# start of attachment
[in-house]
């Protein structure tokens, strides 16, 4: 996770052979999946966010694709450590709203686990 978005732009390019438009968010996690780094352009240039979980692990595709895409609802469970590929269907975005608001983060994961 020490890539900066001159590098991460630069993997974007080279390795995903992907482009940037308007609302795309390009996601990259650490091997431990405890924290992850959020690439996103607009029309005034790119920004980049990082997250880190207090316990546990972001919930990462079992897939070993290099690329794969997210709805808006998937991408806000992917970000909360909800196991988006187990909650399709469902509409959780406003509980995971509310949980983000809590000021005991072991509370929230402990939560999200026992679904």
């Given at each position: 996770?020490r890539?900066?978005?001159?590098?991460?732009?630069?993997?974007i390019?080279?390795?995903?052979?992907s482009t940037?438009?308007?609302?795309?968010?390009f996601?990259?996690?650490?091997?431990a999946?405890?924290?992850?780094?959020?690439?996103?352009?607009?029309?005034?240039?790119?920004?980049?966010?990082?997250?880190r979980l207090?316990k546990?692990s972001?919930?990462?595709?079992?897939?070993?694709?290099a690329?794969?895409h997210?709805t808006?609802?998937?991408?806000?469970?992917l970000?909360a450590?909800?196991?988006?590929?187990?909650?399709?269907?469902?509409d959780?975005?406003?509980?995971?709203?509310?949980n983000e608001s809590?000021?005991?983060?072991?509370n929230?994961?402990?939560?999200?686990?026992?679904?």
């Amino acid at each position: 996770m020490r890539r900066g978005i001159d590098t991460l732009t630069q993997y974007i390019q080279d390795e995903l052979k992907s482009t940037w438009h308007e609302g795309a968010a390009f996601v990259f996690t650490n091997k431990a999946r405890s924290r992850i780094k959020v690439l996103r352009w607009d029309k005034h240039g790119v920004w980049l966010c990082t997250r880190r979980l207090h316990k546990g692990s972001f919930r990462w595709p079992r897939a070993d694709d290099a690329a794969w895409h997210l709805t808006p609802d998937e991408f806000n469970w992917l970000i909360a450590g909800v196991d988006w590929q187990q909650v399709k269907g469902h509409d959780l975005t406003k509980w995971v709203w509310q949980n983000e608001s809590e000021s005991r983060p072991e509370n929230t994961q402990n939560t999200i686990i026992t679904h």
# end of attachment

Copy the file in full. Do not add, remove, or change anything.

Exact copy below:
[in-house]
């Protein structure tokens, strides 16, 4: 996770052979999946966010694709450590709203686990 978005732009390019438009968010996690780094352009240039979980692990595709895409609802469970590929269907975005608001983060994961 020490890539900066001159590098991460630069993997974007080279390795995903992907482009940037308007609302795309390009996601990259650490091997431990405890924290992850959020690439996103607009029309005034790119920004980049990082997250880190207090316990546990972001919930990462079992897939070993290099690329794969997210709805808006998937991408806000992917970000909360909800196991988006187990909650399709469902509409959780406003509980995971509310949980983000809590000021005991072991509370929230402990939560999200026992679904």
């Given at each position: 996770?020490r890539?900066?978005?001159?590098?991460?732009?630069?993997?974007i390019?080279?390795?995903?052979?992907s482009t940037?438009?308007?609302?795309?968010?390009f996601?990259?996690?650490?091997?431990a999946?405890?924290?992850?780094?959020?690439?996103?352009?607009?029309?005034?240039?790119?920004?980049?966010?990082?997250?880190r979980l207090?316990k546990?692990s972001?919930?990462?595709?079992?897939?070993?694709?290099a690329?794969?895409h997210?709805t808006?609802?998937?991408?806000?469970?992917l970000?909360a450590?909800?196991?988006?590929?187990?909650?399709?269907?469902?509409d959780?975005?406003?509980?995971?709203?509310?949980n983000e608001s809590?000021?005991?983060?072991?509370n929230?994961?402990?939560?999200?686990?026992?679904?």
């Amino acid at each position: 996770m020490r890539r900066g978005i001159d590098t991460l732009t630069q993997y974007i390019q080279d390795e995903l052979k992907s482009t940037w438009h308007e609302g795309a968010a390009f996601v990259f996690t650490n091997k431990a999946r405890s924290r992850i780094k959020v690439l996103r352009w607009d029309k005034h240039g790119v920004w980049l966010c990082t997250r880190r979980l207090h316990k546990g692990s972001f919930r990462w595709p079992r897939a070993d694709d290099a690329a794969w895409h997210l709805t808006p609802d998937e991408f806000n469970w992917l970000i909360a450590g909800v196991d988006w590929q187990q909650v399709k269907g469902h509409d959780l975005t406003k509980w995971v709203w509310q949980n983000e608001s809590e000021s005991r983060p072991e509370n929230t994961q402990n939560t999200i686990i026992t679904h």